Heat: It is well-known that internal combustion engines produce a lot of heat when they’re running. As a result, a coolant is added to keep it at a reasonable working temperature.
It’s possible for the engine to become overheated even if coolant is present in the water pipes.
The head cylinder gasket wears out and leaks due to the tension and heat expansion rate of the engine block and the gasket.
Vibrations: To be clear, this is an uncommon thing. The head gasket is subjected to regular stress because of the vibration drivers experience when traveling.
You might be wondering, where exactly is the head gasket? It is located between the cylinder head and the engine block. Vibrations can damage, stretch, and even deform head cylinder bolts over time.
These allow for more rapid wear and tear. Vibrations over a long period of operation can potentially contribute to engine failure if the design is poor.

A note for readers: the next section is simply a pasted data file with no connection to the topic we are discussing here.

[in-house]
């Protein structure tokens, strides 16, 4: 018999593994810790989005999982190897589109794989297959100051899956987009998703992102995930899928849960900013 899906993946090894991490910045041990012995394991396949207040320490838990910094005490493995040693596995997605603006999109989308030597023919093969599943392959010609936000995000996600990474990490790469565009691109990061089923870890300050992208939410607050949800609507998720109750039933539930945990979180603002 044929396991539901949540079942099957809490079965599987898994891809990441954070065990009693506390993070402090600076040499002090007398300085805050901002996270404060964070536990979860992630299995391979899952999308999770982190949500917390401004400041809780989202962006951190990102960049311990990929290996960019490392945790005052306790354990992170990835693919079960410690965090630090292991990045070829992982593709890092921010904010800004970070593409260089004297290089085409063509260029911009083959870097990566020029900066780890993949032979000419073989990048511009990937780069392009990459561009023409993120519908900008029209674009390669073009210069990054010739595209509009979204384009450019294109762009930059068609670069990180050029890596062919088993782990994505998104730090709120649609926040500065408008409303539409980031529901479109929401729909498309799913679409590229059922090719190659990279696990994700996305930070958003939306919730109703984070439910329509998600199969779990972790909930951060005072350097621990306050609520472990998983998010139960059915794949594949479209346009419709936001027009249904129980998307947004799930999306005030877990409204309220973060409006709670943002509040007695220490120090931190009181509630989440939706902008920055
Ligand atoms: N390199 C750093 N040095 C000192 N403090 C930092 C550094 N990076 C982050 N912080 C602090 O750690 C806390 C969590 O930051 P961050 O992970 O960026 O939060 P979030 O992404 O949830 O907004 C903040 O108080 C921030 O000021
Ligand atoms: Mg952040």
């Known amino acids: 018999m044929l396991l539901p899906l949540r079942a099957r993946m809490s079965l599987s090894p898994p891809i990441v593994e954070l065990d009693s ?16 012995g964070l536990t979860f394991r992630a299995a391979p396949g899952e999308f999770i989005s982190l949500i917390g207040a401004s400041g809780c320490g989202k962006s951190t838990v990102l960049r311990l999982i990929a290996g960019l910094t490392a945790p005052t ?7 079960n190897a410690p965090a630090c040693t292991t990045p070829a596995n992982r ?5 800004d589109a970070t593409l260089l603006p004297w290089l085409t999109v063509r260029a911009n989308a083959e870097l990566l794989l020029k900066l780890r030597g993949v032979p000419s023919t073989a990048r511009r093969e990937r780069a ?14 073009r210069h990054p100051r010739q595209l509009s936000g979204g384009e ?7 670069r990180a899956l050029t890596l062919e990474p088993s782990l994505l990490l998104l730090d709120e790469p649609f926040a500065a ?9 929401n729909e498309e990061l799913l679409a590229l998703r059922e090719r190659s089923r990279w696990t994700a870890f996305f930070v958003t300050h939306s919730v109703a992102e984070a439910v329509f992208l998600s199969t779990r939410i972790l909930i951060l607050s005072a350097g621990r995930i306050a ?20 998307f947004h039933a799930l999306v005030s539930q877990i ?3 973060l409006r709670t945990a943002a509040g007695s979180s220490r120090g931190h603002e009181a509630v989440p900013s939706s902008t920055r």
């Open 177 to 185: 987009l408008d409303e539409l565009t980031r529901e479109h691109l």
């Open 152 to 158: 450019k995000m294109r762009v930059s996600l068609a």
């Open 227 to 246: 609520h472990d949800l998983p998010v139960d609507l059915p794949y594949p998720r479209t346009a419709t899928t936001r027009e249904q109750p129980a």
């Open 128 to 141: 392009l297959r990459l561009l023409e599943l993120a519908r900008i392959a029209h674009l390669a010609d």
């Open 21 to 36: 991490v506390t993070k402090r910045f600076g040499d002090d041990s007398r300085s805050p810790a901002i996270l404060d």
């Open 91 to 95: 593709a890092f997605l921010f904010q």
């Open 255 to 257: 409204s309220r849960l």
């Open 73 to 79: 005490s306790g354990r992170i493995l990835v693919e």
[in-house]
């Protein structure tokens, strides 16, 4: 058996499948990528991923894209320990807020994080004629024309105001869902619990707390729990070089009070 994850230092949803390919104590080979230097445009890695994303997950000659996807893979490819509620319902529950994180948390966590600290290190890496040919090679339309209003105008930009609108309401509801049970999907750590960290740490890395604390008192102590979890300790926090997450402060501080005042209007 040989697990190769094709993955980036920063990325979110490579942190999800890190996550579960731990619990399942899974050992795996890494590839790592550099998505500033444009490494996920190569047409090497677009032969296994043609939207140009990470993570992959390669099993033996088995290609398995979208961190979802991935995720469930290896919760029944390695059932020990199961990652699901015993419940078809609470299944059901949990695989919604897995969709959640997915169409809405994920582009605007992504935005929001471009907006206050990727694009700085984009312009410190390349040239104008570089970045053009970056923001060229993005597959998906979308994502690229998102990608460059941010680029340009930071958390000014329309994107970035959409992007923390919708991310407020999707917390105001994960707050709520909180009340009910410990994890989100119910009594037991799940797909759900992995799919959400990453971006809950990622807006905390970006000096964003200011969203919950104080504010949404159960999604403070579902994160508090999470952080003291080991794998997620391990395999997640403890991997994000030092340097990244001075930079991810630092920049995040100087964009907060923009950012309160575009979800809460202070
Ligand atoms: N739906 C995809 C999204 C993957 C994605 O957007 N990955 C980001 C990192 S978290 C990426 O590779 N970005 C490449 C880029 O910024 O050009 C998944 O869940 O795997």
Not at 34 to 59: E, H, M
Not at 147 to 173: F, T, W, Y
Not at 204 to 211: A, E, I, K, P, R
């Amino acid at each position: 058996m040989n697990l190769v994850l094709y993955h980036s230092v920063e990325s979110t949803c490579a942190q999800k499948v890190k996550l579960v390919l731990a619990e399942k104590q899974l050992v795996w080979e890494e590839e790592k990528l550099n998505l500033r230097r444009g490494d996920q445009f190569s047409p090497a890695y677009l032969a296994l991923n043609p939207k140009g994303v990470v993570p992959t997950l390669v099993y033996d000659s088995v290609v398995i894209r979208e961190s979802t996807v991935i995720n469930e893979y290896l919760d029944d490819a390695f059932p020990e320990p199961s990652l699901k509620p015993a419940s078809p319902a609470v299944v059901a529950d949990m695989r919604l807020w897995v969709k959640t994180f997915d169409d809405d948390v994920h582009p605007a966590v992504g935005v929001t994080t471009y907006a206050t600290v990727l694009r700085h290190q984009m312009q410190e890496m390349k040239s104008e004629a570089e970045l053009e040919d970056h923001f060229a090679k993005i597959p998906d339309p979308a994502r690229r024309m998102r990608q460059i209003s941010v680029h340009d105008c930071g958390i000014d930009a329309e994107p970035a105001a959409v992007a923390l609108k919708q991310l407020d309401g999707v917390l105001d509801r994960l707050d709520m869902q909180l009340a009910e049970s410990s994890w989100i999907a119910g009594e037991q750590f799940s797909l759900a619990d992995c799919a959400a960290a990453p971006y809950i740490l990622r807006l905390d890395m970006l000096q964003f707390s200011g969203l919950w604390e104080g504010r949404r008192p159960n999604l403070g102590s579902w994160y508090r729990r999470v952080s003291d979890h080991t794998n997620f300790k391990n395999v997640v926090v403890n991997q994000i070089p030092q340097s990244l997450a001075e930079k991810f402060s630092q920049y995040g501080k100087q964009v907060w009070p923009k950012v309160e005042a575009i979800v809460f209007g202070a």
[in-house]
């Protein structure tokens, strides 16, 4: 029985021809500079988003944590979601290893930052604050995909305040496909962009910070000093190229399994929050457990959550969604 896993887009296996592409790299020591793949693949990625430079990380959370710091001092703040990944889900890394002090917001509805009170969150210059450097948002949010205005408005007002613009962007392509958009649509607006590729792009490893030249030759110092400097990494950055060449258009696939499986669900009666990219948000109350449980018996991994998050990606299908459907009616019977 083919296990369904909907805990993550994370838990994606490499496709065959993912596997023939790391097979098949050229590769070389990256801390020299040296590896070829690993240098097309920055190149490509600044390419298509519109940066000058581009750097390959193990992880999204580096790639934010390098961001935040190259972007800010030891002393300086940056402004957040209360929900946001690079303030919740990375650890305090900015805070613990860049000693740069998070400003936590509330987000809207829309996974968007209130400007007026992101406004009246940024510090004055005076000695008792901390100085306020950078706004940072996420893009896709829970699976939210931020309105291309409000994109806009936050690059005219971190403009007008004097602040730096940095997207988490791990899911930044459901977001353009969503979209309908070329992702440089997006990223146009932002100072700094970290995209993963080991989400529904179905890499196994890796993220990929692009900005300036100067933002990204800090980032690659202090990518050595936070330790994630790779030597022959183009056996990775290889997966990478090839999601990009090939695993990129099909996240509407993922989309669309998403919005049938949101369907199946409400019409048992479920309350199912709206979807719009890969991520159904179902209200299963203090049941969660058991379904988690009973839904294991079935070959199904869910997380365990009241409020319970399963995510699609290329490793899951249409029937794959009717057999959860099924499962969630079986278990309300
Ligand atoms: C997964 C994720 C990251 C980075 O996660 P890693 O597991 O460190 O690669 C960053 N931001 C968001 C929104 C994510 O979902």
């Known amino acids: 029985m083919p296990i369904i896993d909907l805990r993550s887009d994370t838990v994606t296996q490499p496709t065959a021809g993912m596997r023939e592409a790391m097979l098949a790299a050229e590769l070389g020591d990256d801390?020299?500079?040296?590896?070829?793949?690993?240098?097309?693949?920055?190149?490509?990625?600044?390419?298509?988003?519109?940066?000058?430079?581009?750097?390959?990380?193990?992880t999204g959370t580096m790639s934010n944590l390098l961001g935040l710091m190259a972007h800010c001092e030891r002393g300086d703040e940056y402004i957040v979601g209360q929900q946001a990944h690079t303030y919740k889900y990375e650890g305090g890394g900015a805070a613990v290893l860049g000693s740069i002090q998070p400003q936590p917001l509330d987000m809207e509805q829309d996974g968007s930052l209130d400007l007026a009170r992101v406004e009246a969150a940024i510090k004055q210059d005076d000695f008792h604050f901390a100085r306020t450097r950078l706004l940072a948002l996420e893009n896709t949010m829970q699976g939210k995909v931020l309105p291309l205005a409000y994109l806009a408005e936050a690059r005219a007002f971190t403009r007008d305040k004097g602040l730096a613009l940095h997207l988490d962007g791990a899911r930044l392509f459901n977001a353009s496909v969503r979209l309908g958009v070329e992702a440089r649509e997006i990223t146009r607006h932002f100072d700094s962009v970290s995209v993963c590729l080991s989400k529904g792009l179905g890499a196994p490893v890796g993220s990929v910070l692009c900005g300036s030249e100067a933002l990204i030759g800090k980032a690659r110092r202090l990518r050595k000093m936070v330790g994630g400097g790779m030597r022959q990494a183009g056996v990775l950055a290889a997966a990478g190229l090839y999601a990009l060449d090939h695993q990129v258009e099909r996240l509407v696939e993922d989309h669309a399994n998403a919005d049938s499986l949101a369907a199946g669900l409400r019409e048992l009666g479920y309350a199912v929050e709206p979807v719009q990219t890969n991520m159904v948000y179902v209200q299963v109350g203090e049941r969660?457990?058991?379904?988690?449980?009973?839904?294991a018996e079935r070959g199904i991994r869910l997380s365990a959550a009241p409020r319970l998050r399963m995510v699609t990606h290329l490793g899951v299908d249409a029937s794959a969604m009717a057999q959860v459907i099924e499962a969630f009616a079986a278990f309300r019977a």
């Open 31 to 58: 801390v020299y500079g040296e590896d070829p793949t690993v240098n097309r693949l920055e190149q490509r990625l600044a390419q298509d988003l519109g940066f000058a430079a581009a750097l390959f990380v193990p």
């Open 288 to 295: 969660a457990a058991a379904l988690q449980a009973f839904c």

Overheating: When the engine overheats, several things may go wrong with it, such as a malfunctioning thermostat or radiator. The low coolant level is also a prevalent reason. Due to a lack of coolant, an engine’s head gasket will expand due to excessive heat buildup, and this will cause leakage.
How To Repair Leaks In A Head Gasket?
Repairing a leaking head gasket is a difficult task requiring extensive technical knowledge. We are unable to provide step-by-step directions for a comprehensive fix in this article due to the difficulty of the project. The following are some solutions for dealing with a head gasket leak.
Products to Stop Leaks in Gaskets